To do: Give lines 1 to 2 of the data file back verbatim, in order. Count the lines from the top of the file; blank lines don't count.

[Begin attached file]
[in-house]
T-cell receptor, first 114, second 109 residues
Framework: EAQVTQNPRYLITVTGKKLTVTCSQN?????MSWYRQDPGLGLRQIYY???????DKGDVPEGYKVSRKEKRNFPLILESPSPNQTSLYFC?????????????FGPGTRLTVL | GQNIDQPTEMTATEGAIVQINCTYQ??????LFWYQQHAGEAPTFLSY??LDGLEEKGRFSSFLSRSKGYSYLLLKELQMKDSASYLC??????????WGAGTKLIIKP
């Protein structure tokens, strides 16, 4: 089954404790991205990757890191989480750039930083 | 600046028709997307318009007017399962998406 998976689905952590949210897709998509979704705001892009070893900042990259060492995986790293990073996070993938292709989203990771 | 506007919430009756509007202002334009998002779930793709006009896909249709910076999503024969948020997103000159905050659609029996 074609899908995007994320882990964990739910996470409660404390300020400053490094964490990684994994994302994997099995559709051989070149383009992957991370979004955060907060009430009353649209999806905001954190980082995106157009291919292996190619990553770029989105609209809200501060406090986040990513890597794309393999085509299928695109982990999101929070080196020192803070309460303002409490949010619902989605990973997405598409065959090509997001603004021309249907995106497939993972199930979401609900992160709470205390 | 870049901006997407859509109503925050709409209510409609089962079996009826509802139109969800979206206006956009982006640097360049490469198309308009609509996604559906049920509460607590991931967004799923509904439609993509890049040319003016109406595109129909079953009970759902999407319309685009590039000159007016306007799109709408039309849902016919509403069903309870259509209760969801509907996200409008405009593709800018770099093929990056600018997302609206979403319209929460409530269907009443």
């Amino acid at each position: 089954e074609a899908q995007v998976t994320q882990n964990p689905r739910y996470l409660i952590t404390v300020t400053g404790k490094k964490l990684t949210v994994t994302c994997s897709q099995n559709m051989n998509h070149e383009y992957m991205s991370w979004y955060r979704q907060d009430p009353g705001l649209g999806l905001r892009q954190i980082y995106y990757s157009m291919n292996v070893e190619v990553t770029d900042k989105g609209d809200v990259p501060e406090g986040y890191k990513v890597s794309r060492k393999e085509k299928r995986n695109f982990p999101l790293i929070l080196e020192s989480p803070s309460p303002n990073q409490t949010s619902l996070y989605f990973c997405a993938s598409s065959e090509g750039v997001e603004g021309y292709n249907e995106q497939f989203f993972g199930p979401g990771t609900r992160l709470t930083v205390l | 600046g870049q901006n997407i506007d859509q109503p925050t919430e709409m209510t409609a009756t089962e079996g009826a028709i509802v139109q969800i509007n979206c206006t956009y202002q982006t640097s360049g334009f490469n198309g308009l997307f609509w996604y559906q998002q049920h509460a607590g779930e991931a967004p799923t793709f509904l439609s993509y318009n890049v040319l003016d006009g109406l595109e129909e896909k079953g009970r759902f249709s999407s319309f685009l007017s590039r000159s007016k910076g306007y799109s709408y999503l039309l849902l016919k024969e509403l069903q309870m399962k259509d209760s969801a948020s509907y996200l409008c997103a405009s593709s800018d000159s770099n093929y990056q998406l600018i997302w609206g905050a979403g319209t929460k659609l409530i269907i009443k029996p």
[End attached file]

[in-house]
T-cell receptor, first 114, second 109 residues